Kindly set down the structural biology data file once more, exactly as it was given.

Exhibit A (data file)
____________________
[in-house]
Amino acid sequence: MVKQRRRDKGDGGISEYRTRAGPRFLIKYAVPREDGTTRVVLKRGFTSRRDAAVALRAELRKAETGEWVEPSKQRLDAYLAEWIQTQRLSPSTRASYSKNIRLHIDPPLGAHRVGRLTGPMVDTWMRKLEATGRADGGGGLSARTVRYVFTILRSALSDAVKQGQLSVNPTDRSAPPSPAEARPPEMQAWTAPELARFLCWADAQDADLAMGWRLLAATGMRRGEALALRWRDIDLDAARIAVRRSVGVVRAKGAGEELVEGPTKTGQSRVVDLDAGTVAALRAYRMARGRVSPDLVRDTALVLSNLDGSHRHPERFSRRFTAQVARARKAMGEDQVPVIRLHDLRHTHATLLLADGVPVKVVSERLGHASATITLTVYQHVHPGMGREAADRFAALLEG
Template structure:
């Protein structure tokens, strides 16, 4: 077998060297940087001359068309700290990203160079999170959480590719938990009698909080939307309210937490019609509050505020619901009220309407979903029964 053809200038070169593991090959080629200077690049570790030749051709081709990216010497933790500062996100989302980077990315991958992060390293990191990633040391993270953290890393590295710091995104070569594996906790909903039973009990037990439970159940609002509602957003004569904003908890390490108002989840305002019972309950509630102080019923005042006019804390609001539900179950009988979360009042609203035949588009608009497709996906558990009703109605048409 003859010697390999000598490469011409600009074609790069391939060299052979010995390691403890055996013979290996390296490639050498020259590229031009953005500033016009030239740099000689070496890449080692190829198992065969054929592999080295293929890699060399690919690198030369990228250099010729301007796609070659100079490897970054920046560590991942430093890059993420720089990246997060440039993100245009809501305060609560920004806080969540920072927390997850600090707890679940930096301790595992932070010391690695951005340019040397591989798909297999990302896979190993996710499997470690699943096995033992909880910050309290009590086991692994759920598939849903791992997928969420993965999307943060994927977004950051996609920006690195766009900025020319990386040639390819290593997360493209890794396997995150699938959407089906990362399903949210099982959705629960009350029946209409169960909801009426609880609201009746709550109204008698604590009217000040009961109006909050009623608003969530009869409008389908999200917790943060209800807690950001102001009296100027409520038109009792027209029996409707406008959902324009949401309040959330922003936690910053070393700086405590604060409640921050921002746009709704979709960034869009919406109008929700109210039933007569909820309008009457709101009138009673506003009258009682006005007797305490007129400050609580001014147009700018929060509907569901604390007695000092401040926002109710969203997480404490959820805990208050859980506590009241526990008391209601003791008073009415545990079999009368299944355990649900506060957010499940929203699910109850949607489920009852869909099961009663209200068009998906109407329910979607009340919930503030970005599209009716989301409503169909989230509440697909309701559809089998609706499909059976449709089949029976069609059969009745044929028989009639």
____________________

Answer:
[in-house]
Amino acid sequence: MVKQRRRDKGDGGISEYRTRAGPRFLIKYAVPREDGTTRVVLKRGFTSRRDAAVALRAELRKAETGEWVEPSKQRLDAYLAEWIQTQRLSPSTRASYSKNIRLHIDPPLGAHRVGRLTGPMVDTWMRKLEATGRADGGGGLSARTVRYVFTILRSALSDAVKQGQLSVNPTDRSAPPSPAEARPPEMQAWTAPELARFLCWADAQDADLAMGWRLLAATGMRRGEALALRWRDIDLDAARIAVRRSVGVVRAKGAGEELVEGPTKTGQSRVVDLDAGTVAALRAYRMARGRVSPDLVRDTALVLSNLDGSHRHPERFSRRFTAQVARARKAMGEDQVPVIRLHDLRHTHATLLLADGVPVKVVSERLGHASATITLTVYQHVHPGMGREAADRFAALLEG
Template structure:
């Protein structure tokens, strides 16, 4: 077998060297940087001359068309700290990203160079999170959480590719938990009698909080939307309210937490019609509050505020619901009220309407979903029964 053809200038070169593991090959080629200077690049570790030749051709081709990216010497933790500062996100989302980077990315991958992060390293990191990633040391993270953290890393590295710091995104070569594996906790909903039973009990037990439970159940609002509602957003004569904003908890390490108002989840305002019972309950509630102080019923005042006019804390609001539900179950009988979360009042609203035949588009608009497709996906558990009703109605048409 003859010697390999000598490469011409600009074609790069391939060299052979010995390691403890055996013979290996390296490639050498020259590229031009953005500033016009030239740099000689070496890449080692190829198992065969054929592999080295293929890699060399690919690198030369990228250099010729301007796609070659100079490897970054920046560590991942430093890059993420720089990246997060440039993100245009809501305060609560920004806080969540920072927390997850600090707890679940930096301790595992932070010391690695951005340019040397591989798909297999990302896979190993996710499997470690699943096995033992909880910050309290009590086991692994759920598939849903791992997928969420993965999307943060994927977004950051996609920006690195766009900025020319990386040639390819290593997360493209890794396997995150699938959407089906990362399903949210099982959705629960009350029946209409169960909801009426609880609201009746709550109204008698604590009217000040009961109006909050009623608003969530009869409008389908999200917790943060209800807690950001102001009296100027409520038109009792027209029996409707406008959902324009949401309040959330922003936690910053070393700086405590604060409640921050921002746009709704979709960034869009919406109008929700109210039933007569909820309008009457709101009138009673506003009258009682006005007797305490007129400050609580001014147009700018929060509907569901604390007695000092401040926002109710969203997480404490959820805990208050859980506590009241526990008391209601003791008073009415545990079999009368299944355990649900506060957010499940929203699910109850949607489920009852869909099961009663209200068009998906109407329910979607009340919930503030970005599209009716989301409503169909989230509440697909309701559809089998609706499909059976449709089949029976069609059969009745044929028989009639």